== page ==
Route of the future: Russia takes the lead in Arctic exploration
“Throughout the history of Arctic exploration and reclamation, no other country has built so many [infrastructure] objects equipped with such technology and possessing such levels of capacity in the fields of power saving, as well as military capabilities,” Shoigu said, addressing a plenary session of the Public Council of the Russian Defense Ministry on Monday.
The minister went on to say that major construction projects in the Arctic are “almost finished,” and that alongside Russia’s western regions, the Arctic would remain a priority area for military infrastructure development in the future.
The Russian Defense Ministry has described its construction efforts in the Arctic as “unprecedented.” According to the ministry’s website, the military have built as many as 425 infrastructure objects in the Polar region, with a total area as vast as 700,000 square meters. The existing bases already host as many as 1,000 servicemen alongside special weapon systems and military equipment.
Watch AWESOME footage of Russia’s Northern fleet perform amphibious drills in Arctic waters pic.twitter.com/dkkzToDoeE— RT (@RT_com) October 2, 2017
Russia has four fully functioning military bases in its Polar regions. One has been built on the island of Alexandra Land – the westernmost major island of the Franz Josef Archipelago, another on Wrangel Island in Russia’s Far East and two more on the New Siberian Islands Archipelago. The military are also completing the construction of an airfield on the Franz Josef Archipelago, said to be capable of accommodating airplanes all year round by 2020.
Of particular interest is Russia’s northernmost military base, called Arctic Trefoil. The unique base is the world’s only permanent infrastructure facility built in the area located 80 degrees of latitude north of the Equator.
The autonomous complex, which occupies an area of 14,000 square meters, allows up to 100 people to live and work there for as long as a year and a half without any external support. The base has its own power station as well as a water purification plant capable of producing drinking quality water out of snow.
Brand new heat-saving technologies were used in its construction. The base also has a number of recreational facilities for its personnel, including a cinema, a fitness center, billiard room and tennis court, as well as a greenhouse with living evergreen plants. All buildings at the base are connected by heated galleries.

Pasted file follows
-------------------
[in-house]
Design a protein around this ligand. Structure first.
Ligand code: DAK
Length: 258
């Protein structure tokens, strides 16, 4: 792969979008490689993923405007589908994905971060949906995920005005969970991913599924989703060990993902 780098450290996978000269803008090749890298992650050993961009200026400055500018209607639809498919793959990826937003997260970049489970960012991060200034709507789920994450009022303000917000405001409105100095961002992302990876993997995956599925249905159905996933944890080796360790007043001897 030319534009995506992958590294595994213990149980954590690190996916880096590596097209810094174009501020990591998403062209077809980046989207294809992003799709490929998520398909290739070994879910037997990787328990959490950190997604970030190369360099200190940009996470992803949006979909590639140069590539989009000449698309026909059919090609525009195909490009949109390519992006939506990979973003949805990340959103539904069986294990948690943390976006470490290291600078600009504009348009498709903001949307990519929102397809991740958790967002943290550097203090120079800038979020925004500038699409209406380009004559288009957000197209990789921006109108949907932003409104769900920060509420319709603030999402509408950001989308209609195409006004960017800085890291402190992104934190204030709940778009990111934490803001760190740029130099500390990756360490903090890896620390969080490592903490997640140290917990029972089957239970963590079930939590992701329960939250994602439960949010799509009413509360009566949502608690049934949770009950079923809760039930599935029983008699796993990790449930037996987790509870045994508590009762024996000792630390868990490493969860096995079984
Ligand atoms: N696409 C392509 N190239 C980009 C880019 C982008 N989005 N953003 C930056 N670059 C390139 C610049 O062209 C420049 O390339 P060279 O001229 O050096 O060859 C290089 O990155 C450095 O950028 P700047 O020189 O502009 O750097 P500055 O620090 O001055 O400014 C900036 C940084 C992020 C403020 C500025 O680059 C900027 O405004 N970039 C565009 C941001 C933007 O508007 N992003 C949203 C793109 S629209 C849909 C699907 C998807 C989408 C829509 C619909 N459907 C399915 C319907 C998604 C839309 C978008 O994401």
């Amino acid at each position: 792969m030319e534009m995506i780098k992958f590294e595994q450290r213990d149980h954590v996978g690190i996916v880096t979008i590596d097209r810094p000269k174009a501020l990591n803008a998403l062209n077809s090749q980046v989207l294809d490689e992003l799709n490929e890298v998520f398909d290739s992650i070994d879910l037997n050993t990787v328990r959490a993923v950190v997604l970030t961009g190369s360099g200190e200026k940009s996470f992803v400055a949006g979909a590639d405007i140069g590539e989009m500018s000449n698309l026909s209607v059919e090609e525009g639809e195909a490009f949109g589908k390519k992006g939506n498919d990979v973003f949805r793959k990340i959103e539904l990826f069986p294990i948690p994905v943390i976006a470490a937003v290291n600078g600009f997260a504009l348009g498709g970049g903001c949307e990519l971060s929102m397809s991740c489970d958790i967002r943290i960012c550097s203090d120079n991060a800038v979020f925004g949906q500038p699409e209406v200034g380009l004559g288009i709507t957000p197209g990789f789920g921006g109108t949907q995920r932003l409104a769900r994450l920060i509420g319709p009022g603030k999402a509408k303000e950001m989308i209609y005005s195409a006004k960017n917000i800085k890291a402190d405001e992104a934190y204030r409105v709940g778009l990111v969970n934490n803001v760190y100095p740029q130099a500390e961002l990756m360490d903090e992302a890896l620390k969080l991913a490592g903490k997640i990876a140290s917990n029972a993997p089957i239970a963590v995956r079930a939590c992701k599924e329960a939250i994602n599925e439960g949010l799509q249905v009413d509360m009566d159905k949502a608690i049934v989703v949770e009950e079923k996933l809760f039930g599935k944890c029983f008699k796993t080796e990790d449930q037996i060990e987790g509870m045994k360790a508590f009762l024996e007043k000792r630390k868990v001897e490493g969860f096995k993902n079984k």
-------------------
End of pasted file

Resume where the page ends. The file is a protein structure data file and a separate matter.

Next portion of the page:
The Russian military also plan to equip the troops stationed in the Polar regions with new weapons specially designed to withstand extremely low temperatures. In 2018, the Russian military plan to deploy the new Tor-M2DT anti-aircraft weapon systems to the Arctic, Lieutenant General Aleksandr Leonov, who is in command of the tactical air defense units within the Russian Armed Forces, told the Russian media.
A standard version of this anti-aircraft system can hit its targets at a distance up to 15 kilometers and a height of up to 10 kilometers and could remain functional at temperatures ranging from 50 degrees above zero to 50 degrees below zero. Recently, Russian engineers have developed a new version that can operate under even harsher conditions.
The Arctic remains a strategically important region for Russia both in terms of economic development and providing national security, military and political analysts told RT. “Up to 40 percent of rare earth materials, as well as some 30 percent of gas and oil reserves, are located [in the Arctic regions],” said Viktor Litovkin, a military observer at the TASS and RIA news agencies.
The region also provides one of the most efficient sea trade routes between Europe and Asia, which allows ships to reach their destinations twice as fast as traditional sea routes. Russia has to provide “navigation, ice breakers and radio installations for this Northern Sea Route,” Litovkin explained, adding that Moscow needs to maintain its presence in the region to make this all possible.
The Northern Sea Route is a “trade route of the future,” Andrey Koshkin, the head of the chair of sociology and political sciences at the Russian Plekhanov University of Economics, told RT, adding that many countries, including China, are increasingly taking an interest in using this route in their international trade.
The Polar regions also have strategic security importance for Russia as foreign military vessels, including submarines, armed with missiles could potentially threaten key Russian military and civilian infrastructure, particularly in Siberia, in case they get free access to the Arctic Ocean waterways near Russia’s northern borders, Litovkin said. “Russia has everything to protect its Arctic territories from any foreign infiltration,” he added.